Britain’s Got Robots

I found myself chatting to a few folk about the IBM Watson artificial intelligence thing at a lovely event organised by Slalom Consulting. Being in that mild state of belligerence that only a couple of glasses of a nice red can give, I was a bit dismissive of the undoubted achievement that the Watson team had … Continue reading Britain’s Got Robots

Cognitive strengths, not bias bugs

I had a fascinating chat with Mark Earls yesterday in the vague sun of Holborn. Towards the end of our broad conversation we got onto the subject of Behavioural Economics, and Mark's frustration that the entire field seems to be dominated by a meme that describes our human ability to shortcut processing (effectively Kahneman's System … Continue reading Cognitive strengths, not bias bugs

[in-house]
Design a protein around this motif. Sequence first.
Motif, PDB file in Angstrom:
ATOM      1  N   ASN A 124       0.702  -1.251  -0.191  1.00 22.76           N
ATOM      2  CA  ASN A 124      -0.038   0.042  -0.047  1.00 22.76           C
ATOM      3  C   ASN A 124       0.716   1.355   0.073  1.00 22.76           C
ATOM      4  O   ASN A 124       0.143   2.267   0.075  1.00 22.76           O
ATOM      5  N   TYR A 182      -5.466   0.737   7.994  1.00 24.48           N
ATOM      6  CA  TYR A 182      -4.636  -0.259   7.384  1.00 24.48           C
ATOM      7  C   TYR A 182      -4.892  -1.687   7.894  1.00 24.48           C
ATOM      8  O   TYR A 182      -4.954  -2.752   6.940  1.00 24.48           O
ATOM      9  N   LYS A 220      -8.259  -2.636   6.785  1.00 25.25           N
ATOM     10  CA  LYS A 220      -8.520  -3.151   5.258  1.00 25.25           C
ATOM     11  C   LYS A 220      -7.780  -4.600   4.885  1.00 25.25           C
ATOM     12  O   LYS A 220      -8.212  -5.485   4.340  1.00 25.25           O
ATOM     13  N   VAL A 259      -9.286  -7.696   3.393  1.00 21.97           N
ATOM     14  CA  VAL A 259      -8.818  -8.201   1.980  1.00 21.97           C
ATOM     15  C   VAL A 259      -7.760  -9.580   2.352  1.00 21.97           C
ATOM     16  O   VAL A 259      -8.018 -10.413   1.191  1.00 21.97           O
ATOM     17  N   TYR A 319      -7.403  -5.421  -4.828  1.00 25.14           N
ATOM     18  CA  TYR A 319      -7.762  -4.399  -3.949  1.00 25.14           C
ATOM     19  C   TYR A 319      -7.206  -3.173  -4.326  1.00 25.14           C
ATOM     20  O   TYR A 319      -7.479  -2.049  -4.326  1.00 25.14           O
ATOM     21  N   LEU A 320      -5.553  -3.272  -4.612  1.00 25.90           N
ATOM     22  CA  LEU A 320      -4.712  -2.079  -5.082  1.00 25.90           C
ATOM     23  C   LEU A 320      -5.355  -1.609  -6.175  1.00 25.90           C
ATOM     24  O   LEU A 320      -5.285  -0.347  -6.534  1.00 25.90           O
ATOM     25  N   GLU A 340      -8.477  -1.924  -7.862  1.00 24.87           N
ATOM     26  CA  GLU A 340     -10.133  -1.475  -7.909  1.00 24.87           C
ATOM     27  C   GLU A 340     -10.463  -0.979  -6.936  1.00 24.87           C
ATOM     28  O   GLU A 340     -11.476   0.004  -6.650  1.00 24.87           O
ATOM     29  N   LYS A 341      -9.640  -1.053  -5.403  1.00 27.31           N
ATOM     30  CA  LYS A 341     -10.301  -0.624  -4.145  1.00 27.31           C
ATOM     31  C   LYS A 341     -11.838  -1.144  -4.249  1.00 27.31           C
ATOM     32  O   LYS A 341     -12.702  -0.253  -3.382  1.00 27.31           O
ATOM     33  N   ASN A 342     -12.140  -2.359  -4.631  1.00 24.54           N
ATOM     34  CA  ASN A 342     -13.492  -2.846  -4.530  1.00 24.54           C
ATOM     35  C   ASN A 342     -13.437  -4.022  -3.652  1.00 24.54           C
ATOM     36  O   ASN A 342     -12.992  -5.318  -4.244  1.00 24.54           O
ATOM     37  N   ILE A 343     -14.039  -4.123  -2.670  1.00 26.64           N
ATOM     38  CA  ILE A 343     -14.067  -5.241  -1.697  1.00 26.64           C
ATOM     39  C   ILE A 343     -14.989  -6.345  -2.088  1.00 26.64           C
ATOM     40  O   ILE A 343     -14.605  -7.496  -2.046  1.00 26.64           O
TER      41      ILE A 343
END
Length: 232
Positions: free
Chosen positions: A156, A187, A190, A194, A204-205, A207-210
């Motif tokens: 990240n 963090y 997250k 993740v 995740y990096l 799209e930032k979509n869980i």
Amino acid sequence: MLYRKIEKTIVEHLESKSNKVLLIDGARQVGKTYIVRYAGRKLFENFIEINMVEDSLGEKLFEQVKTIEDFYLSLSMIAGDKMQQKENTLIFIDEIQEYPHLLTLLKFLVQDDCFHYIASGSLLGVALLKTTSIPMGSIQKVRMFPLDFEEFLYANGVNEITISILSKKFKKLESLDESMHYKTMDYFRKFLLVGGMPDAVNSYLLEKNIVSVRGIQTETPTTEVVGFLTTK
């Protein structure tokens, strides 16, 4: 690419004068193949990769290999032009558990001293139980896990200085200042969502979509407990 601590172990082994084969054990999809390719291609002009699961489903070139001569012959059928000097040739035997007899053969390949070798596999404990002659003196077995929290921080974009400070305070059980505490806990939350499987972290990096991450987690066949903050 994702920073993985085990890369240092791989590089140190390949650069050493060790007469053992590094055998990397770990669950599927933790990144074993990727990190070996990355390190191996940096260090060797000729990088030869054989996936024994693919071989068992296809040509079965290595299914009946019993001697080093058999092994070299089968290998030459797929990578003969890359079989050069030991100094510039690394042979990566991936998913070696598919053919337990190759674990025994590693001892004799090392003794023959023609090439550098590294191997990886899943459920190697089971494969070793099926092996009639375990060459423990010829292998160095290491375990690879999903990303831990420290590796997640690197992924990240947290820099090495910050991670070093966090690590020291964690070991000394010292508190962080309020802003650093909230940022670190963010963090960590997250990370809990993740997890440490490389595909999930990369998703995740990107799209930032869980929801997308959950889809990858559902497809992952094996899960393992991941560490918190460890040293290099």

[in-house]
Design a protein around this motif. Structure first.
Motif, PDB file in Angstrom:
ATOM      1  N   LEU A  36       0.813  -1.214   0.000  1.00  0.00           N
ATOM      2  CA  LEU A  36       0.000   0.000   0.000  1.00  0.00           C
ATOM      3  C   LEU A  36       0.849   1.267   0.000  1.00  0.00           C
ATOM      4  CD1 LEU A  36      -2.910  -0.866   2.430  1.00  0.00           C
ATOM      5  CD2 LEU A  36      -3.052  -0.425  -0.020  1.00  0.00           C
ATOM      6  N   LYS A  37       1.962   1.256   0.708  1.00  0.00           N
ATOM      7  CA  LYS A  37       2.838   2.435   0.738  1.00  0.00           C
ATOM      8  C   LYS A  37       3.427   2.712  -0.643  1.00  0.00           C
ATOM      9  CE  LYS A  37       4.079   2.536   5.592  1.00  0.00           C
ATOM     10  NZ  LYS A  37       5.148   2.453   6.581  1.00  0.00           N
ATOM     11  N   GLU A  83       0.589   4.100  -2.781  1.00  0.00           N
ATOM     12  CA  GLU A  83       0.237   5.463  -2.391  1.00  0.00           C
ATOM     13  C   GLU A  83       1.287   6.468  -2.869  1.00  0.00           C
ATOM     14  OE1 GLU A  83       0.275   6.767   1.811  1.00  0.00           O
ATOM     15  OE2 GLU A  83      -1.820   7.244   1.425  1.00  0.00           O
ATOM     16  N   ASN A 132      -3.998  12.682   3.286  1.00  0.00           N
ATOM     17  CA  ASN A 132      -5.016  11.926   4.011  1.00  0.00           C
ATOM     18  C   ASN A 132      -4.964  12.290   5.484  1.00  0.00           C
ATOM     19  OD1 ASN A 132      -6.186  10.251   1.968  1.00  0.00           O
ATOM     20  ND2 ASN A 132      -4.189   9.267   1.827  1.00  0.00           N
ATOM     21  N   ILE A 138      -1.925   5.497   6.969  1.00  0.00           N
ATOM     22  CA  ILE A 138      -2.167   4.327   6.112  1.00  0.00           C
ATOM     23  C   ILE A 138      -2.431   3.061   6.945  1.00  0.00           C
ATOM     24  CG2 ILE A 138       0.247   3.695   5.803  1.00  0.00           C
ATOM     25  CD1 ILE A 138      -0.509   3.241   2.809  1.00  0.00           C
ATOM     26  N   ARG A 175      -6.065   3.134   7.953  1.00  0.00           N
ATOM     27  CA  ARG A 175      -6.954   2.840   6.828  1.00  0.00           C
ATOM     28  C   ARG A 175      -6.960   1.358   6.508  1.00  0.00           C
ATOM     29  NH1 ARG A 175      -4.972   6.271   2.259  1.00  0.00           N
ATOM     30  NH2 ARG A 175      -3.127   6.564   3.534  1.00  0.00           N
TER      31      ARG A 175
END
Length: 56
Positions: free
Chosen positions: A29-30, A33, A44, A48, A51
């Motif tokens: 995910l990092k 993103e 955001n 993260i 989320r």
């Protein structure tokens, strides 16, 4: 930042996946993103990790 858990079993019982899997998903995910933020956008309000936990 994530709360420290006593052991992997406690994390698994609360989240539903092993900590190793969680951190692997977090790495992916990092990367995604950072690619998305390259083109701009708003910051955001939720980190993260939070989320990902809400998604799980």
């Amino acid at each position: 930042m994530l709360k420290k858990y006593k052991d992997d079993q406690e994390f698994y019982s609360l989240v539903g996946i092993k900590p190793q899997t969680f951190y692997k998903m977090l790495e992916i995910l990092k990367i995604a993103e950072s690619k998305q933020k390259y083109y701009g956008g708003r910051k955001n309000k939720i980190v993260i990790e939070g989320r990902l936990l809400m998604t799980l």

Blind Faith

I saw a wonderful documentary last night about the conjuror and professional sceptic James Randi. After the first part of a career spent emulating and improving upon the work of Harry Houdini, Randi since the 70s has put much of his efforts into debunking fraudster faith healers and spiritualists (including waging a war on spoonbender … Continue reading Blind Faith


I've argued in the past that the holy office trinity of Word, Powerpoint and Excel have a questionable future not because of an better word processor, presentation tool or spreadsheet coming along, but because they are tools from another era that are increasingly no longer fit for purpose. The way in which smart phones in … Continue reading Incompatibilities